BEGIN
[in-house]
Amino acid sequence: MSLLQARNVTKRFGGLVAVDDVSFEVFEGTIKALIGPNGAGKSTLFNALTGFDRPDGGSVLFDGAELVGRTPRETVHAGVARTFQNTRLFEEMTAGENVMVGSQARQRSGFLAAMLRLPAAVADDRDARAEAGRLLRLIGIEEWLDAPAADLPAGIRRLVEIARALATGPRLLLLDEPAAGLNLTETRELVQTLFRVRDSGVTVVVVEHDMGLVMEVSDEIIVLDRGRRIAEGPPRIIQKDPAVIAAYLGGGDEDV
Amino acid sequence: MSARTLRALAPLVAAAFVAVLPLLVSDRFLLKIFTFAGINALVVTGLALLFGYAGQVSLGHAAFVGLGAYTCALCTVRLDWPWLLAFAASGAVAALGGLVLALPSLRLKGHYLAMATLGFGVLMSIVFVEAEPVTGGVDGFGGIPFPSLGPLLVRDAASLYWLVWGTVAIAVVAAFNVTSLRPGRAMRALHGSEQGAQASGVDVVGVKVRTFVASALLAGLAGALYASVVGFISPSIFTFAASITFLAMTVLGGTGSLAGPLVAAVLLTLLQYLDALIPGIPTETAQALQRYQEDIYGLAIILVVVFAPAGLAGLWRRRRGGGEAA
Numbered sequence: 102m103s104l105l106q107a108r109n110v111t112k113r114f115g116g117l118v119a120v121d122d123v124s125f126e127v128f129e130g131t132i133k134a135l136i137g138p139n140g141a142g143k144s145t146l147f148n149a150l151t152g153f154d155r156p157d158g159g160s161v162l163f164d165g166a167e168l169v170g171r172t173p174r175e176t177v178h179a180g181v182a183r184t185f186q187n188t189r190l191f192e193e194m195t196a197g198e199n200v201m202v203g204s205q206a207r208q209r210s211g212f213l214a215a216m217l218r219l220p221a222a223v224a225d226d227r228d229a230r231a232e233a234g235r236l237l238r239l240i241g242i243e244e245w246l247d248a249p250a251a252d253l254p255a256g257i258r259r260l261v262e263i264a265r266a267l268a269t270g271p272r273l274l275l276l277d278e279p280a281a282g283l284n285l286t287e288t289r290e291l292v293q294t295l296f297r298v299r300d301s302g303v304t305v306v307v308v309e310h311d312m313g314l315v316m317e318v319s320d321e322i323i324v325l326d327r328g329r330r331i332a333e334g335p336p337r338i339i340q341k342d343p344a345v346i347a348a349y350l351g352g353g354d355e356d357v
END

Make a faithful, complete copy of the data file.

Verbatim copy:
[in-house]
Amino acid sequence: MSLLQARNVTKRFGGLVAVDDVSFEVFEGTIKALIGPNGAGKSTLFNALTGFDRPDGGSVLFDGAELVGRTPRETVHAGVARTFQNTRLFEEMTAGENVMVGSQARQRSGFLAAMLRLPAAVADDRDARAEAGRLLRLIGIEEWLDAPAADLPAGIRRLVEIARALATGPRLLLLDEPAAGLNLTETRELVQTLFRVRDSGVTVVVVEHDMGLVMEVSDEIIVLDRGRRIAEGPPRIIQKDPAVIAAYLGGGDEDV
Amino acid sequence: MSARTLRALAPLVAAAFVAVLPLLVSDRFLLKIFTFAGINALVVTGLALLFGYAGQVSLGHAAFVGLGAYTCALCTVRLDWPWLLAFAASGAVAALGGLVLALPSLRLKGHYLAMATLGFGVLMSIVFVEAEPVTGGVDGFGGIPFPSLGPLLVRDAASLYWLVWGTVAIAVVAAFNVTSLRPGRAMRALHGSEQGAQASGVDVVGVKVRTFVASALLAGLAGALYASVVGFISPSIFTFAASITFLAMTVLGGTGSLAGPLVAAVLLTLLQYLDALIPGIPTETAQALQRYQEDIYGLAIILVVVFAPAGLAGLWRRRRGGGEAA
Numbered sequence: 102m103s104l105l106q107a108r109n110v111t112k113r114f115g116g117l118v119a120v121d122d123v124s125f126e127v128f129e130g131t132i133k134a135l136i137g138p139n140g141a142g143k144s145t146l147f148n149a150l151t152g153f154d155r156p157d158g159g160s161v162l163f164d165g166a167e168l169v170g171r172t173p174r175e176t177v178h179a180g181v182a183r184t185f186q187n188t189r190l191f192e193e194m195t196a197g198e199n200v201m202v203g204s205q206a207r208q209r210s211g212f213l214a215a216m217l218r219l220p221a222a223v224a225d226d227r228d229a230r231a232e233a234g235r236l237l238r239l240i241g242i243e244e245w246l247d248a249p250a251a252d253l254p255a256g257i258r259r260l261v262e263i264a265r266a267l268a269t270g271p272r273l274l275l276l277d278e279p280a281a282g283l284n285l286t287e288t289r290e291l292v293q294t295l296f297r298v299r300d301s302g303v304t305v306v307v308v309e310h311d312m313g314l315v316m317e318v319s320d321e322i323i324v325l326d327r328g329r330r331i332a333e334g335p336p337r338i339i340q341k342d343p344a345v346i347a348a349y350l351g352g353g354d355e356d357v